Identification of an Acquired Mutation in Jak2 Provides Molecular Insights into the Pathogenesis of Myeloproliferative Disorders

  1. Marko Pesu1,
  2. John O’Shea1,
  3. Lothar Hennighausen2 and
  4. Olli Silvennoinen3
  1. 1Molecular Immunology and Inflammation Branch, National Institute of Arthritis and Musculoskeletal and Skin Diseases,
  2. 2National Institute of Diabetes, Digestive and Kidney Disease, Laboratory of Genetics and Physiology, National Institutes of Health, Bethesda, MD 20892 USA;
  3. 3Institute of Medical Technology, University of Tampere and Department of Clinical Microbiology, Tampere University Hospital, FIN-33014 Tampere, Finland

The history of the chronic myeloproliferative disorders (CMDs) dates back over a hundred years, when Vaquez and later Osler described patients with cyanotic polycythemia, enlarged spleen, and liver. Today, Osler-Vaquez syndrome is usually referred to as polycythemia vera (PV); however, Dameshek recognized in the 1950s that PV belongs to a family of disorders including Essential Thrombocythemia (ET) and Chronic Idiopathic Myelofibrosis (CIMF) (1). The World Heath Organization currently includes Chronic Eosinophilic Leukemia (CEL), and Chronic Neutrophilic Leukemia (CNL) and Systemic Mast Cell Disease (SMCD) to the aforementioned disease family.

Dameshek had been remarkably prescient in recognizing that a shared pathogenic mechanism underlies PV, ET, and CIMF. Indeed, a remarkable series of recent papers has now established that a single, acquired mutation (V617F) in the pseudokinase domain of Janus kinase 2 (Jak2) is present in the majority of patients with PV, ET, and CIMF. These diseases serve as excellent examples of the power of molecular medicine in that we can readily link a vast body of literature on cytokine signaling with disease pathogenesis. With any luck, these insights will also lead to novel therapies. We briefly discuss the biology of erythropoietin (EPO), the role of Janus kinases in signaling by EPO and other cytokines, and the identification of Jak2 mutations. We will then relate how Jak2 activation is thought to contribute to the pathogenesis of CMD and what the implications are with respect to novel therapies.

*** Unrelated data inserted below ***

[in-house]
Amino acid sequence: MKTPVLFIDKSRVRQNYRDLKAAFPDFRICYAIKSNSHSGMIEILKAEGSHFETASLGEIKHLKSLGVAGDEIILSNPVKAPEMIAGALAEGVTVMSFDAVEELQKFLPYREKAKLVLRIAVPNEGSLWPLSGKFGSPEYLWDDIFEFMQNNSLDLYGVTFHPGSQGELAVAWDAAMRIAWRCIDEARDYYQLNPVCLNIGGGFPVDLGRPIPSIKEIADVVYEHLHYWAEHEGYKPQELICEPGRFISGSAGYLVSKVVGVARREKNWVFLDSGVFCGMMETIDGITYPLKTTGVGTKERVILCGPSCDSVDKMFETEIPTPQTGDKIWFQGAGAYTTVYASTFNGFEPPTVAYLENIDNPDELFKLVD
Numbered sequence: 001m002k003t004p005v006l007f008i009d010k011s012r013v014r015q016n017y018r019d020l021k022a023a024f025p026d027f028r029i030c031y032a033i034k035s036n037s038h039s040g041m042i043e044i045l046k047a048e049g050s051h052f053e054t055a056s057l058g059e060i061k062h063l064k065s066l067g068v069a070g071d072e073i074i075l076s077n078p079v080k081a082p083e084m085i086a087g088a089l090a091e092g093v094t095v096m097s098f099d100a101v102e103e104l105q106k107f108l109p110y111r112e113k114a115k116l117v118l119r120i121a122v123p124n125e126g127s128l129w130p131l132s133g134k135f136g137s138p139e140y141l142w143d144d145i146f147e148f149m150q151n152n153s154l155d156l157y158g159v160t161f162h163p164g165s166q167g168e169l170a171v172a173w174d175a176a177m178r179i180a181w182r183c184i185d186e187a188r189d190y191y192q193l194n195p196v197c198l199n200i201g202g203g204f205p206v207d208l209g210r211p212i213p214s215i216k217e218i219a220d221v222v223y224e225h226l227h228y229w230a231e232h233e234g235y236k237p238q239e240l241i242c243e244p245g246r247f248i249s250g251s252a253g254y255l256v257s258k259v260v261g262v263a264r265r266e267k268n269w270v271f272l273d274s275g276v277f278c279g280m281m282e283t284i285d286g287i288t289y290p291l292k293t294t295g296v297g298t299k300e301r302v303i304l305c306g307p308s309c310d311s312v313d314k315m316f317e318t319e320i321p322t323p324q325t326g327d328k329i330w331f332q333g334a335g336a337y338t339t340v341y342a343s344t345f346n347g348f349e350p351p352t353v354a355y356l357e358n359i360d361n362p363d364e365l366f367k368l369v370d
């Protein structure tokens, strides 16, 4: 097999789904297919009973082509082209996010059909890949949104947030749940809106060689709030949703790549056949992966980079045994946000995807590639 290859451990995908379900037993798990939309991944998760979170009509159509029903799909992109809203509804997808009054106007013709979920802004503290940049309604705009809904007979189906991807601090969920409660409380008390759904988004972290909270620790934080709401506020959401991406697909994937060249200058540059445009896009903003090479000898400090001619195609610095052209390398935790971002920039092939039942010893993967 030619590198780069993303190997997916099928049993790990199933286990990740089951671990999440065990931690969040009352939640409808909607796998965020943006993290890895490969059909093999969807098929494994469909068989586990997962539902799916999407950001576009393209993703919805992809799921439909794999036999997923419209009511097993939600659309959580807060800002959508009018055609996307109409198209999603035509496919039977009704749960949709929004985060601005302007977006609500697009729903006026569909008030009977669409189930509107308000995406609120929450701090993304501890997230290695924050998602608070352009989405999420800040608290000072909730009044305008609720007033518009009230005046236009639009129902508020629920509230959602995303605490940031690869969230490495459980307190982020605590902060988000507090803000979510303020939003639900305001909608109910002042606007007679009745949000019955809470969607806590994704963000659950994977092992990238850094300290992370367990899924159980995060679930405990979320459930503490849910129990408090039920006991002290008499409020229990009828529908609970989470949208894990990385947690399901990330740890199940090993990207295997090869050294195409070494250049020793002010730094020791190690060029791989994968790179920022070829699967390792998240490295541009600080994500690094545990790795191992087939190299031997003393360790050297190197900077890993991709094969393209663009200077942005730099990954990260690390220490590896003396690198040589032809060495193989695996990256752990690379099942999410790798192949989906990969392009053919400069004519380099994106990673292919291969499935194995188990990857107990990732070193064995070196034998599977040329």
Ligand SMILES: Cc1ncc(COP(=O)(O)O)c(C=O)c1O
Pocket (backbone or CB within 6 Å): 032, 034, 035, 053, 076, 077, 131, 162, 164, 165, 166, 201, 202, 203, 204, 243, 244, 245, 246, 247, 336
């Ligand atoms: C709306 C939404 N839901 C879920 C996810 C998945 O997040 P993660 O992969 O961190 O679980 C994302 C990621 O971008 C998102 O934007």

Chronic myeloproliferative disorders are characterized by hypercellularity (i.e., excessive cell number) of the bone marrow, and overproduction of one or more of the different cell types. Several lines of evidence support the notion that the abnormal cell expansion is clonal, arising from a single pathologic stem cell. The altered cells are characterized by growth factor–independent or –hypersensitive proliferation. In some cases, this can result in the outgrowth of malignant cells in both blood and bone marrow [reviewed recently in (2)]. One abnormality characteristic of PV is endogenous erythroid colony (EEC) formation. This assay detects growth of erythroid progenitor cells in the absence of the key cytokine erythropoietin (EPO)––a cytokine long recognized to be a key regulator of erythropoiesis. Initially, the underlying abnormality in PV was thought to be a mutation of the EPO receptor (EPOR), but this turned out not to be the case. In fact, PV cells are not only hyperresponsive to EPO, but also have enhanced sensitivity to other cytokines that control hematopoiesis, such as interleukin (IL)-3, granulocyte-macrophage colony-stimulating factor (GM-CSF), and thrombopoietin. It is, therefore, relevant to discuss how cytokines such as these exert their effects.